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  6. Abstract

    Vertical energy transports due to dissipating gravity waves in the mesopause region (85–100 km) are analyzed using over 400 h of observational data obtained from a narrow‐band sodium wind‐temperature lidar located at Andes Lidar Observatory (ALO), Cerro Pachón (30.25°S, 70.73°W), Chile. Sensible heat flux is directly estimated using measured temperature and vertical wind; energy flux is estimated from the vertical wavenumber and frequency spectra of temperature perturbations; and enthalpy flux is derived based on its relationship with sensible heat and energy fluxes. Sensible heat flux is mostly downward throughout the region. Enthalpy flux exhibits an annual oscillation with maximum downward transport in July above 90 km. The dominant feature of energy flux is the exponential decrease from 10−2to 10−4 W m−2with the altitude increases from 85 to 100 km and is larger during austral winter. The annual mean thermal diffusivity inferred from enthalpy flux decreases from 303 m2s−1at 85 km to minimum 221 m2s−1at 90 km then increases to 350 m2s−1at 99 km. Results also show that shorter period gravity waves tend to dissipate at higher altitudes and generate more heat transport. The averaged vertical group velocities for high, medium, and low frequency waves are 4.15 m s−1, 1.15 m s−1, and 0.70 m s−1, respectively. Gravity wave heat transport brings significant cooling in the mesopause region at an average cooling rate of 6.7 ± 1.1 K per day.

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  7. Abstract

    A compressible numerical model is applied for three‐dimensional (3‐D) gravity wave (GW) packets undergoing momentum deposition, self‐acceleration (SA), breaking, and secondary GW (SGW) generation in the presence of highly‐structured environments enabling thermal and/or Doppler ducts, such as a mesospheric inversion layer (MIL), tidal wind (TW), or combination of MIL and TW. Simulations reveal that ducts can strongly modulate GW dynamics. Responses modeled here include reflection, trapping, suppressed transmission, strong local instabilities, reduced SGW generations, higher altitude SGW responses, and induced large‐scale flows. Instabilities that arise in ducts experience strong dissipation after they emerge, while trapped smaller‐amplitude and smaller‐scale GWs can survive in ducts to much later times. Additionally, GW breaking and its associated dynamics enhance the local wind along the GW propagation direction in the ducts, and yield layering in the wind field. However, these dynamics do not yield significant heat transport in the ducts. The failure of GW breaking to induce stratified layers in the temperature field suggests that such heat transport might not be as strong as previously assumed or inferred from observations and theoretical assessments. The present numerical simulations confirm previous finding that MIL generation may not be caused by the breaking of a transient high‐frequency GW packet alone.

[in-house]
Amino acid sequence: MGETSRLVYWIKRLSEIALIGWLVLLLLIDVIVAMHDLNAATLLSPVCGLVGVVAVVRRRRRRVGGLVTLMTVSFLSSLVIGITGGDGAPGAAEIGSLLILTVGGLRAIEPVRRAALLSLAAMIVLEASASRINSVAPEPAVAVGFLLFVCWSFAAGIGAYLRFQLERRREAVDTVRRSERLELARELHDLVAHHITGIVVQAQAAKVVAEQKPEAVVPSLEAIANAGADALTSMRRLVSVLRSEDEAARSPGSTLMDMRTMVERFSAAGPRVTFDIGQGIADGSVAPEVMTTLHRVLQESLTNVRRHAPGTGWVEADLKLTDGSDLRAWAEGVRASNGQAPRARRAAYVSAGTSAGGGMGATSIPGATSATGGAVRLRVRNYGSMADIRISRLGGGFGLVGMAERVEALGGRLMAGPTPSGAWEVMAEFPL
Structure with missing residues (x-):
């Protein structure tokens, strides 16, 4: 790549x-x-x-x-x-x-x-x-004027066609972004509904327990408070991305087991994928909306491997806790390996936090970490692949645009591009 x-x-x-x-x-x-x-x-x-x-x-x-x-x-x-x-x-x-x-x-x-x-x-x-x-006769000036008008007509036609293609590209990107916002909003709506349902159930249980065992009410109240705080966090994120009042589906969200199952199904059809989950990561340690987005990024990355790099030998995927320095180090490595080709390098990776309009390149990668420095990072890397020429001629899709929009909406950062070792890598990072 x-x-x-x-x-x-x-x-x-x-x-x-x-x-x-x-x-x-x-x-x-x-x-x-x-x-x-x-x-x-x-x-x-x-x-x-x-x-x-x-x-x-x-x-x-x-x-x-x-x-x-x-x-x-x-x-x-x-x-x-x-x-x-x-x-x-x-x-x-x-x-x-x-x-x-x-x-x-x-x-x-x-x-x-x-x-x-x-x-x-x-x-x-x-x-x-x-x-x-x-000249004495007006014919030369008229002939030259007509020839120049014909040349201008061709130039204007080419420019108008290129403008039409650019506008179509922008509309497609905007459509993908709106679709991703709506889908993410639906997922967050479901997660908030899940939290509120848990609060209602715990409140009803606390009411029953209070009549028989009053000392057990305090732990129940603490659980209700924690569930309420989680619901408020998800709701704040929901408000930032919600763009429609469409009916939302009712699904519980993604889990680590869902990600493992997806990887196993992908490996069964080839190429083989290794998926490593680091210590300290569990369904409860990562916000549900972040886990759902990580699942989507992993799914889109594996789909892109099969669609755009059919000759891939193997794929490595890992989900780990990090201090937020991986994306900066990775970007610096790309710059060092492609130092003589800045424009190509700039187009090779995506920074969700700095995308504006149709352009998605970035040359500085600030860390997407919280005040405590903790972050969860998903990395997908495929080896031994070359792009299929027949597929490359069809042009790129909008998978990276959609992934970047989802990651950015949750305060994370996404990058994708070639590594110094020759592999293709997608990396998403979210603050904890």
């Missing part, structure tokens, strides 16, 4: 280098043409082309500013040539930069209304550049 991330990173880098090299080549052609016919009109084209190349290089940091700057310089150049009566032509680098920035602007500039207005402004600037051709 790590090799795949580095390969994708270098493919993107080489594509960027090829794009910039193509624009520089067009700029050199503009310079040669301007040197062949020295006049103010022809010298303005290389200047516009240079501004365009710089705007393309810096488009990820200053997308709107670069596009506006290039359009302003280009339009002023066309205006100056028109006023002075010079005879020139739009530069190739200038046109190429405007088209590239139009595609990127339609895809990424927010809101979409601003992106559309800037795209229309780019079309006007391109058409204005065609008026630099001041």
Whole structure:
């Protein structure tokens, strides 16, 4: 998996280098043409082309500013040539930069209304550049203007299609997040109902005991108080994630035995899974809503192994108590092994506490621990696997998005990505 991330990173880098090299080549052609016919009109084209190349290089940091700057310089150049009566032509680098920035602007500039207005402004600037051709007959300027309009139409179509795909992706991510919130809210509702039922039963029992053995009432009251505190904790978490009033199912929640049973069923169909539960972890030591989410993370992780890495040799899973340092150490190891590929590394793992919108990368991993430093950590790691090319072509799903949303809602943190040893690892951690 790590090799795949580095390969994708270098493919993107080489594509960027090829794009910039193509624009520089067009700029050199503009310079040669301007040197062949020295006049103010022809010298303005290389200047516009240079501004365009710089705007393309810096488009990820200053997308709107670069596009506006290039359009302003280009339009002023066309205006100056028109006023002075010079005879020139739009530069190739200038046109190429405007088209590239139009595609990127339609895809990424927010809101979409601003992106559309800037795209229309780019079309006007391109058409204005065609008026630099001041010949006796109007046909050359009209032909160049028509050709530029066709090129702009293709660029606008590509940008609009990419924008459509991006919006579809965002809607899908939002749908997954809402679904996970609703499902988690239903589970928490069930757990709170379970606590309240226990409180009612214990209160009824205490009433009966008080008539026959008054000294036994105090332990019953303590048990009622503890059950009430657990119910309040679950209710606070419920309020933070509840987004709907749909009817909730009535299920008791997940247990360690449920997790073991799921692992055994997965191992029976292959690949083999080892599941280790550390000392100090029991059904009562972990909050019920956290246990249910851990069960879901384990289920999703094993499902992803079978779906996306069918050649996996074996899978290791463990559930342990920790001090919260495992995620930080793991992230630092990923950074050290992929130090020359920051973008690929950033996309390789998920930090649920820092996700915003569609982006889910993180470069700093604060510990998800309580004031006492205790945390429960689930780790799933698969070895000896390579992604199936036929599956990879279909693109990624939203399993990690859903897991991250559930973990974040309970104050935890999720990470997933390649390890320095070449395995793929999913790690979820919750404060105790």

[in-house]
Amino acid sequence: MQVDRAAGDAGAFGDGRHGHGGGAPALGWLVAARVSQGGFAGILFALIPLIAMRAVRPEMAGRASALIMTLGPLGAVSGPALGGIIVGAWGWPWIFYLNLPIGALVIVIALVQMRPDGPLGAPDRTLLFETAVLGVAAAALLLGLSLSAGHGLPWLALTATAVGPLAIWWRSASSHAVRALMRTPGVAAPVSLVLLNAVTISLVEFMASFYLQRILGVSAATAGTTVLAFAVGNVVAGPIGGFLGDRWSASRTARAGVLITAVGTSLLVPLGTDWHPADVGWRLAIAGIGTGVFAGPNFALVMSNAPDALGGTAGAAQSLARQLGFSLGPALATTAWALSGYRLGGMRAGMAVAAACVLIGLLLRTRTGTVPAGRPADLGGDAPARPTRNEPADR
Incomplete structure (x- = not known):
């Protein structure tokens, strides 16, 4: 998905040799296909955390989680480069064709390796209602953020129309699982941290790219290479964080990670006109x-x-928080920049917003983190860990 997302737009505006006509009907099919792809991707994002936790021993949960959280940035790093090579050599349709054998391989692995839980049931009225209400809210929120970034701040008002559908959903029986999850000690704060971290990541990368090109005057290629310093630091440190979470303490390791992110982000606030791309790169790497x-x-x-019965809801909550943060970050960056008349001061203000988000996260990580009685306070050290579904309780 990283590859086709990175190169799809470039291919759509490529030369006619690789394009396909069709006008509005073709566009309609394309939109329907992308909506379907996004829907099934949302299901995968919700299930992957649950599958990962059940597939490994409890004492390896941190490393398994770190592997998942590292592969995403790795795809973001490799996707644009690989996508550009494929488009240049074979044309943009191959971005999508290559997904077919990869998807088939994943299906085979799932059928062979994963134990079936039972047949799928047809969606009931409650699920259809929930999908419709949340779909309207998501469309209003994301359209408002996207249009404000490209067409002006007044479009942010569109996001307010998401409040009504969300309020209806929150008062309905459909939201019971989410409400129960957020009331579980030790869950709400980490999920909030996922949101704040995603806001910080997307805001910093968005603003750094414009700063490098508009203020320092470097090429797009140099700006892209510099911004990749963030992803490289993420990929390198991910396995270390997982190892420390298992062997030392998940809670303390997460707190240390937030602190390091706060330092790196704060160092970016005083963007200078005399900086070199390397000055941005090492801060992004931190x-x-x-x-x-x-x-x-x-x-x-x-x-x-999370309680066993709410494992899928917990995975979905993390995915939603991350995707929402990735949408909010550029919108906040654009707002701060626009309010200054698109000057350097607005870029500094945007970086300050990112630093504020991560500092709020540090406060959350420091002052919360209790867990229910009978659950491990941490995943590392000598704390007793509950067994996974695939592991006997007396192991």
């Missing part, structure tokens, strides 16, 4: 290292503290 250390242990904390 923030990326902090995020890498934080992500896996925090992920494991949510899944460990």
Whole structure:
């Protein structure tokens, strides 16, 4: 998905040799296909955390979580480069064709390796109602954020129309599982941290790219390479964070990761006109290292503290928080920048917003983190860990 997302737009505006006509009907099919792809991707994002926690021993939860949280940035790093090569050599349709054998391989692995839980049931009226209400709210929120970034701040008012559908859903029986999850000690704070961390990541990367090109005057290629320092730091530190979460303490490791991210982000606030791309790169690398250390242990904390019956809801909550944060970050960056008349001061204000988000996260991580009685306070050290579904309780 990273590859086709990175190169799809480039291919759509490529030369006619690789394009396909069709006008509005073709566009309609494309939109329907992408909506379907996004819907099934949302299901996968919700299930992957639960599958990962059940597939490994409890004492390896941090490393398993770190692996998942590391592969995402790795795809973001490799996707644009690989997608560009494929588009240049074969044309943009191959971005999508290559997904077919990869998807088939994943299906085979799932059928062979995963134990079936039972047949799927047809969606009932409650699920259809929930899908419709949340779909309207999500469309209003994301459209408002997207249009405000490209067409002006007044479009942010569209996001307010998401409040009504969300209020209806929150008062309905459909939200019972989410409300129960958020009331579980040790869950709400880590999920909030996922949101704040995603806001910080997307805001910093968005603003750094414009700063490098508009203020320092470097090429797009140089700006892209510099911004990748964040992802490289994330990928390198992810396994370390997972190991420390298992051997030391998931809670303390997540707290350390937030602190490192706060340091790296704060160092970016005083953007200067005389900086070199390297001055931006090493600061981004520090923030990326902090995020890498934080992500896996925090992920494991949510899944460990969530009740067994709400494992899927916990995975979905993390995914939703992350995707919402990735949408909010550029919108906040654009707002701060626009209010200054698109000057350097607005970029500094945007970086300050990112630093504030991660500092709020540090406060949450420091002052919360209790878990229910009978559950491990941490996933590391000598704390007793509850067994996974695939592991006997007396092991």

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  8. Abstract

    The extension of the neutral sodium (Na) layer into the thermosphere (up to 170 km) has recently been observed at low and high latitudes using a Na lidar. However, the geophysical mechanisms and implications of its formation are currently unknown. In this study, we conduct an advanced two‐dimensional numerical simulation of the Na and Na+variations in theEandFregions at low latitudes. The numerical simulations are used to investigate the contributions of the electromagnetic force, neutral wind, diffusion, and gravity. The simulations lead to three major findings. First, Na+in the subtropical region of the geomagnetic equator acts as the major reservoir of the neutral sodium, and its distribution during nighttime is mostly below 200 km due to the combined effect of the vertical component of thedrift and Coulomb‐induced drift. Second, we find that the fountain effect has little influence on the behavior of Na in the nighttime. Third, the probable explanation for the frequent generation of the thermospheric sodium layer during spring equinox at Cerro Pachón, Chile is attributed to the large vertical neutral transport generated by large vertical wind perturbations of unknown origin, with a magnitude exceeding 10 m/s that is closely associated with the semidiurnal tide.